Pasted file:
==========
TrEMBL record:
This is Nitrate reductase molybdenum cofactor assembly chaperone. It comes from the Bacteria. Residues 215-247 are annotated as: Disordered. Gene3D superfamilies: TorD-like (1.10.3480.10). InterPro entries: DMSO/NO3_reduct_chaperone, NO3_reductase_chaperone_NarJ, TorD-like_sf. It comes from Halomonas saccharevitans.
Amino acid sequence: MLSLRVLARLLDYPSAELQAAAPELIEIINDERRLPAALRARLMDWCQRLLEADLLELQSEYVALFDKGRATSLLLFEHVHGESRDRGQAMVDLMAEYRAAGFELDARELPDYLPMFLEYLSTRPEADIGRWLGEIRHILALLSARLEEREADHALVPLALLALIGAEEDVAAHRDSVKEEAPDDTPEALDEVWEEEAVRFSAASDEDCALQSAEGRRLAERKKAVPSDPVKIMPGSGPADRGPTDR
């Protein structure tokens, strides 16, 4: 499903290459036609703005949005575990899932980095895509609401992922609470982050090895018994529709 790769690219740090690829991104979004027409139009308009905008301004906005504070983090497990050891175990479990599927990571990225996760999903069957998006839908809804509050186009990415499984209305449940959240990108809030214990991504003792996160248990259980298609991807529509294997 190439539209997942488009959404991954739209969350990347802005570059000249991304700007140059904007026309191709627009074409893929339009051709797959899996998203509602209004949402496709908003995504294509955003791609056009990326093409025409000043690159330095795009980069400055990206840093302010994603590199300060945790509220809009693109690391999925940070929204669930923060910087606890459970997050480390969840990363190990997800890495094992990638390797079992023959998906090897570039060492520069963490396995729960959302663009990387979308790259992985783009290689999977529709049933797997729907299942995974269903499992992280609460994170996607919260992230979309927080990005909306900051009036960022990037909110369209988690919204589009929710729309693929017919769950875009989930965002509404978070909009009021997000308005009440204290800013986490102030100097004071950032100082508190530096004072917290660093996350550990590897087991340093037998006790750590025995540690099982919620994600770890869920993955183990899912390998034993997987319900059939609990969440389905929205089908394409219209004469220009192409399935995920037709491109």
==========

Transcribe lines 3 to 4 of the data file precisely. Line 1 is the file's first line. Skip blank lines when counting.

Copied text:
Amino acid sequence: MLSLRVLARLLDYPSAELQAAAPELIEIINDERRLPAALRARLMDWCQRLLEADLLELQSEYVALFDKGRATSLLLFEHVHGESRDRGQAMVDLMAEYRAAGFELDARELPDYLPMFLEYLSTRPEADIGRWLGEIRHILALLSARLEEREADHALVPLALLALIGAEEDVAAHRDSVKEEAPDDTPEALDEVWEEEAVRFSAASDEDCALQSAEGRRLAERKKAVPSDPVKIMPGSGPADRGPTDR
């Protein structure tokens, strides 16, 4: 499903290459036609703005949005575990899932980095895509609401992922609470982050090895018994529709 790769690219740090690829991104979004027409139009308009905008301004906005504070983090497990050891175990479990599927990571990225996760999903069957998006839908809804509050186009990415499984209305449940959240990108809030214990991504003792996160248990259980298609991807529509294997 190439539209997942488009959404991954739209969350990347802005570059000249991304700007140059904007026309191709627009074409893929339009051709797959899996998203509602209004949402496709908003995504294509955003791609056009990326093409025409000043690159330095795009980069400055990206840093302010994603590199300060945790509220809009693109690391999925940070929204669930923060910087606890459970997050480390969840990363190990997800890495094992990638390797079992023959998906090897570039060492520069963490396995729960959302663009990387979308790259992985783009290689999977529709049933797997729907299942995974269903499992992280609460994170996607919260992230979309927080990005909306900051009036960022990037909110369209988690919204589009929710729309693929017919769950875009989930965002509404978070909009009021997000308005009440204290800013986490102030100097004071950032100082508190530096004072917290660093996350550990590897087991340093037998006790750590025995540690099982919620994600770890869920993955183990899912390998034993997987319900059939609990969440389905929205089908394409219209004469220009192409399935995920037709491109």